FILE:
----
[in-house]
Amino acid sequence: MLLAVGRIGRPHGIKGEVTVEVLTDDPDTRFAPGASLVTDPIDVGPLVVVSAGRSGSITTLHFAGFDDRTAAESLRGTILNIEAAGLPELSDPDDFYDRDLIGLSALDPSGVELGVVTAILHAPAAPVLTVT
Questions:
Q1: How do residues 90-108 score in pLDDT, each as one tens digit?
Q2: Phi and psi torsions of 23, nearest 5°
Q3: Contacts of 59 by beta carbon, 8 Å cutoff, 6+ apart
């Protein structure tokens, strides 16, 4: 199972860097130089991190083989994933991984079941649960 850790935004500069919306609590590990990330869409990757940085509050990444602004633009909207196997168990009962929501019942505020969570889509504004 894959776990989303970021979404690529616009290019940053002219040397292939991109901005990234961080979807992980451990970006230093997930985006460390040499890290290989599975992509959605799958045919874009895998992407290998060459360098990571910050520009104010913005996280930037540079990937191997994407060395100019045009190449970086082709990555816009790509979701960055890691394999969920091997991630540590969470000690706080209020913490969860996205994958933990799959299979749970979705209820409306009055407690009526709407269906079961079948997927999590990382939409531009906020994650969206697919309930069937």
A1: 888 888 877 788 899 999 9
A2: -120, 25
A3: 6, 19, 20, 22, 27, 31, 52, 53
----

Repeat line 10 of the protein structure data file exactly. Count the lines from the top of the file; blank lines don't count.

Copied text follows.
A3: 6, 19, 20, 22, 27, 31, 52, 53